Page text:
Welcome to Saturday Morning Home Repair Blogging or SMHRB for short. SMHRB is where we gather every Saturday morning to share frustrations, questions, possible solutions, and general wisdom about keeping our houses in good shape. Everyone is welcome and you should feel free to ask questions. Hopefully, the collective professional expertise and DIY experience here can help you out with your projects. I'm Milly Watt, serving as guest host for today's edition.
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The theme for today could be entitled "Milly and TED's Excellent Adventure" (although I never saw that movie that just popped into your mind).
We just installed our new real-time, whole house energy monitor, TED 5000 -- The Energy Detective. We are having a blast trying to interpret the data, learning about how our house works (or doesn't work as we expected), and planning more methodical experiments of various sorts. We love us some data!
Here's a diagram on the TED website that shows how the transmitter box gets installed in the circuit breaker panel with clamps on the incoming power lines to sense the current. The data are updated every few seconds and the TED software can display various graphs and charts. TED also works with Google's PowerMeter if one chooses to send their data out to Google. However, we are mostly using the TED software, called Footprints, that runs on our local computers.
Here's an example of what we've learned.
This graph shows 4 hours of minute data.
We'd been seeing these 5kW spikes, occurring pretty regularly day and night about every 30-45 minutes and lasting for 10 minutes. You can see some of them on the left hand side of the graph (there's some noise since I was also cooking dinner during part of this time). We speculated that these might be the hot water heater turning on and off and that this behavior was caused by the recirculation pump.
Our builder had installed a recirculation system with the argument that it saves water that would have gone down the drain while waiting for it to become warm, the energy use of the recirculation pump is minimal, and it draws room temperature water back into the water heater instead of pulling in cold well water to replace the wasted water. It was supposed to be set for just a few hours a day based on our schedules. However, it was actually set to be running all the time. Before TED, I never questioned why we had hot water at the faucets any time we turned them on (one tends not to notice nice things like that as potential problems).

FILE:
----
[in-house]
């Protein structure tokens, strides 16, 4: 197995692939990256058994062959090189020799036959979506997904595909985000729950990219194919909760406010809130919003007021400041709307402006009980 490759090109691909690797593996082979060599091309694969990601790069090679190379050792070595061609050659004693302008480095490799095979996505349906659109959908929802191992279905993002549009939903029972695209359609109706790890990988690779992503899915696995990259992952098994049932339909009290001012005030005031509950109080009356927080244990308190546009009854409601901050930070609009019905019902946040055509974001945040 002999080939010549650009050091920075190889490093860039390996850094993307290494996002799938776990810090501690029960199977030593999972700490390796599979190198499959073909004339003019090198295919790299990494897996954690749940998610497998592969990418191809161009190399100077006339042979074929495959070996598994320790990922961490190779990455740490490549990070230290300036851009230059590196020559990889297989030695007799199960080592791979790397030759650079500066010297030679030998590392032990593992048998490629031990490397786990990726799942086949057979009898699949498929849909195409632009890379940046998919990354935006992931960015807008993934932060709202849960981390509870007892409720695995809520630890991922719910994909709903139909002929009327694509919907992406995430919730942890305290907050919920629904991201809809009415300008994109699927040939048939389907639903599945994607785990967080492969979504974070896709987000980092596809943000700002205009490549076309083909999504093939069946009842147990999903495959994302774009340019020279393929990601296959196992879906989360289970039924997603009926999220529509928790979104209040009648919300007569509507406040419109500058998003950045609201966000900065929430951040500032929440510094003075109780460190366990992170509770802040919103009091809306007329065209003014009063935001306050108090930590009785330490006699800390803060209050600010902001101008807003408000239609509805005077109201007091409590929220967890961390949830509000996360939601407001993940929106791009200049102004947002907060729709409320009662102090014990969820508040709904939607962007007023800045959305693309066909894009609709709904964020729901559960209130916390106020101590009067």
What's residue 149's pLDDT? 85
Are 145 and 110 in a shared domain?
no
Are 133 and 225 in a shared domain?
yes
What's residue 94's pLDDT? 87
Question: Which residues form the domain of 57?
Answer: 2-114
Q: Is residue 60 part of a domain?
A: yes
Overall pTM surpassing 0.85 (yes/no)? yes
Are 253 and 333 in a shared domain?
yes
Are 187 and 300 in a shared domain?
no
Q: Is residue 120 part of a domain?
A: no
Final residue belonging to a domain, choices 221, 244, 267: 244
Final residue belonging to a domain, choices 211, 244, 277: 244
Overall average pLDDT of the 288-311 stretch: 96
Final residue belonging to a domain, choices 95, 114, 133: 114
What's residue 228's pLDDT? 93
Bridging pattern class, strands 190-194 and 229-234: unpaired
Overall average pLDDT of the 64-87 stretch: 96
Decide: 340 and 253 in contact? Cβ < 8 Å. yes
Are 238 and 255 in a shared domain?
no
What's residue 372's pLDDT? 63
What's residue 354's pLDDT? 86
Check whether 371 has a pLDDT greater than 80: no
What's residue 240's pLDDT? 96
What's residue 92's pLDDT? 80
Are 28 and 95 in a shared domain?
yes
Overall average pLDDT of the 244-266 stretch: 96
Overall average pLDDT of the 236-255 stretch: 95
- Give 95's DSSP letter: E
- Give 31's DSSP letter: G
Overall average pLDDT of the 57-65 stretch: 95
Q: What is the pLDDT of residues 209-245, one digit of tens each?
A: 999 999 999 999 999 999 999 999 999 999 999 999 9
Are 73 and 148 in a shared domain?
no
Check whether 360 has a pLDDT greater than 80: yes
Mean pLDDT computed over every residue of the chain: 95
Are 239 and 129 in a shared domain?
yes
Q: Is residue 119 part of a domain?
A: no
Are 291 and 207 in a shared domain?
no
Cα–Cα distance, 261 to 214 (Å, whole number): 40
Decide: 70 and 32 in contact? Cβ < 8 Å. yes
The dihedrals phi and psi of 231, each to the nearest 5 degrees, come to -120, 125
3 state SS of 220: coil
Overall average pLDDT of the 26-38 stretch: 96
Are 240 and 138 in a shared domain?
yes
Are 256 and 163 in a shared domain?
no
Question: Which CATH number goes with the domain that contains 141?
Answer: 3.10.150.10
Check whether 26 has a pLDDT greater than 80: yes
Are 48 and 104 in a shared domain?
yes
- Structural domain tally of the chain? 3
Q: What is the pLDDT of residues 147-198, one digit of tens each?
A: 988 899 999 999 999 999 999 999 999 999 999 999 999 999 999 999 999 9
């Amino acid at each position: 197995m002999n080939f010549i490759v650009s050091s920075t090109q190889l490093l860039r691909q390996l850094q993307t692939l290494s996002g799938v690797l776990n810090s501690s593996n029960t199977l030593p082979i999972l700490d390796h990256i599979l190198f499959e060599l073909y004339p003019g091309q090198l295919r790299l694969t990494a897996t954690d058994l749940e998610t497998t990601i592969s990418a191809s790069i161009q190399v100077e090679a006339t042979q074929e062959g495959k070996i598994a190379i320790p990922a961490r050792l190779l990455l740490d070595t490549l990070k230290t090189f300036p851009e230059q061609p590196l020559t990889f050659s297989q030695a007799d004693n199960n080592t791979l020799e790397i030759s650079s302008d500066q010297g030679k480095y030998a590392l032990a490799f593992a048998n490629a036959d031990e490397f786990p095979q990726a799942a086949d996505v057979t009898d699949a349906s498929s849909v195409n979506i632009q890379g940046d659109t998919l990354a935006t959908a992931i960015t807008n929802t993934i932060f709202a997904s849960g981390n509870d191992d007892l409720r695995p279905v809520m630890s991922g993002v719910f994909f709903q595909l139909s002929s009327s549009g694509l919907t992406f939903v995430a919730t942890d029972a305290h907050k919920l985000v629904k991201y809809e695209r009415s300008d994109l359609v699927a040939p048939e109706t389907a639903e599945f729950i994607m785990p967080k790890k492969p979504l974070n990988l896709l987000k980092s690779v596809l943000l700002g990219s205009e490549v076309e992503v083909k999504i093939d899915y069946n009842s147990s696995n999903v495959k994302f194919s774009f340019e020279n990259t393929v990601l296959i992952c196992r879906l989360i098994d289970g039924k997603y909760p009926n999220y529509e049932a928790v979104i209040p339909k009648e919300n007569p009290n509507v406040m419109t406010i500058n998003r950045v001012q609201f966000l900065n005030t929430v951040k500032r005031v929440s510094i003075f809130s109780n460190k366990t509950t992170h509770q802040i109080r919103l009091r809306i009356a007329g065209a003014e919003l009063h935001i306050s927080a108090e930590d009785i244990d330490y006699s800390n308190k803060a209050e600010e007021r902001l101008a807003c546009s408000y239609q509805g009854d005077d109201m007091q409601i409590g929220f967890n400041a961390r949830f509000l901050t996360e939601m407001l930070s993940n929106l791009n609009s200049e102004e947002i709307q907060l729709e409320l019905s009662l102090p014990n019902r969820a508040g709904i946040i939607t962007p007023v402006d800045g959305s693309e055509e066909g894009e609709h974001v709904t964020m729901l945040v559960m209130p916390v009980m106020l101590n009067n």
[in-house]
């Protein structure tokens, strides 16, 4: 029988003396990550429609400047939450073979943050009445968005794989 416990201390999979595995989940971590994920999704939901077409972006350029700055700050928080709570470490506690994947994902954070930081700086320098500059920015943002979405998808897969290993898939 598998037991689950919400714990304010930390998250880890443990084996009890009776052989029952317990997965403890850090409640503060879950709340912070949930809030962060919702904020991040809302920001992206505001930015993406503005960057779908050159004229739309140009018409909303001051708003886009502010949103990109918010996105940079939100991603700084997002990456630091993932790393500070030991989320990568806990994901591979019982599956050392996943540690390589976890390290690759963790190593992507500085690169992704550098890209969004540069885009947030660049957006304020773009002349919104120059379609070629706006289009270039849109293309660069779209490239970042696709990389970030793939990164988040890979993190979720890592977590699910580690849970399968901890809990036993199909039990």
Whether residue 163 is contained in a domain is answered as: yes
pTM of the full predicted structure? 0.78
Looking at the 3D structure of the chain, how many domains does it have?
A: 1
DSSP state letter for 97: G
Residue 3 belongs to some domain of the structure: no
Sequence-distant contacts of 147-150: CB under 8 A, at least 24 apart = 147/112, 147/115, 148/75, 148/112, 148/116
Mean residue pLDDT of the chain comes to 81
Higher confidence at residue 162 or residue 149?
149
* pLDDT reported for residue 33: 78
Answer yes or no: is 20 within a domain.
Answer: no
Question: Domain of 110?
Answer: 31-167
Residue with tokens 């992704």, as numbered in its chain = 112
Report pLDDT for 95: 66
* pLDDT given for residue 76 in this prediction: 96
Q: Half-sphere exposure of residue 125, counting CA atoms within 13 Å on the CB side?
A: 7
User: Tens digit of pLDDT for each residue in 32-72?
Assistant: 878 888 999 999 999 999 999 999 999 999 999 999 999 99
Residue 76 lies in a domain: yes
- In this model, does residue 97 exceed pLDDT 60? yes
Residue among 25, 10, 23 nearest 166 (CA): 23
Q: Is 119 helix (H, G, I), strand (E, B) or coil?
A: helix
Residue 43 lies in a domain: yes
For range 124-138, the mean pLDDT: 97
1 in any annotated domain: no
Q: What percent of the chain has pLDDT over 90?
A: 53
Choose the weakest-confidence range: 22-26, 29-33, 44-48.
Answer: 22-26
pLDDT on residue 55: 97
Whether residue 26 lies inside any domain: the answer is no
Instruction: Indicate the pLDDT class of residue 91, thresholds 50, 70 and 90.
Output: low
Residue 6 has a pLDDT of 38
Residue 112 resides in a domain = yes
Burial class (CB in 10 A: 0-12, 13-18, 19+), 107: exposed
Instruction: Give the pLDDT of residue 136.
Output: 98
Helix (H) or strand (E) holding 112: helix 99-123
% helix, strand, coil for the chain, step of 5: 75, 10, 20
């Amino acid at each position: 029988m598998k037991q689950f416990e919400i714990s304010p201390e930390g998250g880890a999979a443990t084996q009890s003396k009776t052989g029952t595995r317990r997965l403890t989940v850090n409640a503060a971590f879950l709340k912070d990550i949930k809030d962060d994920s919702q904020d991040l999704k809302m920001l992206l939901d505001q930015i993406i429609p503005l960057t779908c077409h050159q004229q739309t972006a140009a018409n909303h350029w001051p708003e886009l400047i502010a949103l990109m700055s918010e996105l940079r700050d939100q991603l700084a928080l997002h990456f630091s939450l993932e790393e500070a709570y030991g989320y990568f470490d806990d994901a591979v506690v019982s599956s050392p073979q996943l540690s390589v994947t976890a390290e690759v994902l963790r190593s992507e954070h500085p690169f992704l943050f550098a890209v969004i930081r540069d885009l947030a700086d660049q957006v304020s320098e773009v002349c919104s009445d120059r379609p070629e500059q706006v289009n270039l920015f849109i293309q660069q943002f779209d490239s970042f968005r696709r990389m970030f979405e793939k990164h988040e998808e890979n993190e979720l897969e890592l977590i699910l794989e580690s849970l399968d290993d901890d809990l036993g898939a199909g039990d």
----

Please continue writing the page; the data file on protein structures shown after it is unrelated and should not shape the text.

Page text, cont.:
At 21:30 in the graph, my husband turned off the recirculation pump and the regular spikes stopped. We figure that the cost of the extra water heating to provide instant hot water all the time was 28kWh/day and $80/month (not counting the power used by the pump itself). That represents 70% of our lowest bill from last summer. Ouch!
Of course, there are tradeoffs. The heat lost in the pipes during recirculation did go into the house, helping to heat it (not necessarily when or where we wanted the heat). So, it is possible that the heat pump could run more often now, but that is hard to measure at this point for several reasons. Without recirculation, we now dump about 1.4 gallons of cool water before the hot water arrives at the kitchen sink (on first use after awhile), so there is a water and energy cost in that.
Anyway, just in our first few days of living with TED, it helped us discover a device that was not configured and working as promised. TED will pay for itself in a few months with just this one discovery.
There is nothing quite like good feedback to guide energy efficiency efforts in your home. TED is tremendously entertaining. We still have many more mysteries to explore.
The floor is now open for discussion on any home repair topic. Please join in.